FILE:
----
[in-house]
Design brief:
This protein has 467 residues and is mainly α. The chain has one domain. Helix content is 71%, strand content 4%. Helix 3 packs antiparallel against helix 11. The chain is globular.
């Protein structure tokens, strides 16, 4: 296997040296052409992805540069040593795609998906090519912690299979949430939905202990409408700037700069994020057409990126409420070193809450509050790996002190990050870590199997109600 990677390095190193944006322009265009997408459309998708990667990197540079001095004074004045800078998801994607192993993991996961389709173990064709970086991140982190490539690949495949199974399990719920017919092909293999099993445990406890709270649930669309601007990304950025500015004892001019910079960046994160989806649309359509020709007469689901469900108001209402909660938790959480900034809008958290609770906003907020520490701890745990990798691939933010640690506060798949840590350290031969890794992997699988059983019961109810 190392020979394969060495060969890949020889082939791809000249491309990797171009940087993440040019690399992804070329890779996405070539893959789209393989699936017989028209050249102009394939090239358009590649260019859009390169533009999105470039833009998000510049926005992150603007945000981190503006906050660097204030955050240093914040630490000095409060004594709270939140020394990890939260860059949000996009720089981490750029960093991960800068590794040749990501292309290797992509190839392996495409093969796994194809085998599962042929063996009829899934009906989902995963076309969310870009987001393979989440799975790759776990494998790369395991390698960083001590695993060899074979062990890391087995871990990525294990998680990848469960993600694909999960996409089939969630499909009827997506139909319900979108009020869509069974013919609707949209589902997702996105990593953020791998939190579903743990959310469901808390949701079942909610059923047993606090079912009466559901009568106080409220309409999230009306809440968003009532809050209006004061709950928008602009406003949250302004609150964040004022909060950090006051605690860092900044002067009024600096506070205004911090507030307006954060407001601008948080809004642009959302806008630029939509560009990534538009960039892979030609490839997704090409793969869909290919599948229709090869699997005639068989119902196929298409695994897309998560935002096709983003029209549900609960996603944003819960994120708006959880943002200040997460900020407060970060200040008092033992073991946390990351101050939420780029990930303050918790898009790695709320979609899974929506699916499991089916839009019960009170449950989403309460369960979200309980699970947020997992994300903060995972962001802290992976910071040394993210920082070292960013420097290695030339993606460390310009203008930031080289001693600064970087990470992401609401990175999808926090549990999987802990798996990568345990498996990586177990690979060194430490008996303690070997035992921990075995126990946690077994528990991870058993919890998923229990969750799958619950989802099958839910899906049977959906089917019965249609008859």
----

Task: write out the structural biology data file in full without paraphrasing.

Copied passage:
[in-house]
Design brief:
This protein has 467 residues and is mainly α. The chain has one domain. Helix content is 71%, strand content 4%. Helix 3 packs antiparallel against helix 11. The chain is globular.
């Protein structure tokens, strides 16, 4: 296997040296052409992805540069040593795609998906090519912690299979949430939905202990409408700037700069994020057409990126409420070193809450509050790996002190990050870590199997109600 990677390095190193944006322009265009997408459309998708990667990197540079001095004074004045800078998801994607192993993991996961389709173990064709970086991140982190490539690949495949199974399990719920017919092909293999099993445990406890709270649930669309601007990304950025500015004892001019910079960046994160989806649309359509020709007469689901469900108001209402909660938790959480900034809008958290609770906003907020520490701890745990990798691939933010640690506060798949840590350290031969890794992997699988059983019961109810 190392020979394969060495060969890949020889082939791809000249491309990797171009940087993440040019690399992804070329890779996405070539893959789209393989699936017989028209050249102009394939090239358009590649260019859009390169533009999105470039833009998000510049926005992150603007945000981190503006906050660097204030955050240093914040630490000095409060004594709270939140020394990890939260860059949000996009720089981490750029960093991960800068590794040749990501292309290797992509190839392996495409093969796994194809085998599962042929063996009829899934009906989902995963076309969310870009987001393979989440799975790759776990494998790369395991390698960083001590695993060899074979062990890391087995871990990525294990998680990848469960993600694909999960996409089939969630499909009827997506139909319900979108009020869509069974013919609707949209589902997702996105990593953020791998939190579903743990959310469901808390949701079942909610059923047993606090079912009466559901009568106080409220309409999230009306809440968003009532809050209006004061709950928008602009406003949250302004609150964040004022909060950090006051605690860092900044002067009024600096506070205004911090507030307006954060407001601008948080809004642009959302806008630029939509560009990534538009960039892979030609490839997704090409793969869909290919599948229709090869699997005639068989119902196929298409695994897309998560935002096709983003029209549900609960996603944003819960994120708006959880943002200040997460900020407060970060200040008092033992073991946390990351101050939420780029990930303050918790898009790695709320979609899974929506699916499991089916839009019960009170449950989403309460369960979200309980699970947020997992994300903060995972962001802290992976910071040394993210920082070292960013420097290695030339993606460390310009203008930031080289001693600064970087990470992401609401990175999808926090549990999987802990798996990568345990498996990586177990690979060194430490008996303690070997035992921990075995126990946690077994528990991870058993919890998923229990969750799958619950989802099958839910899906049977959906089917019965249609008859």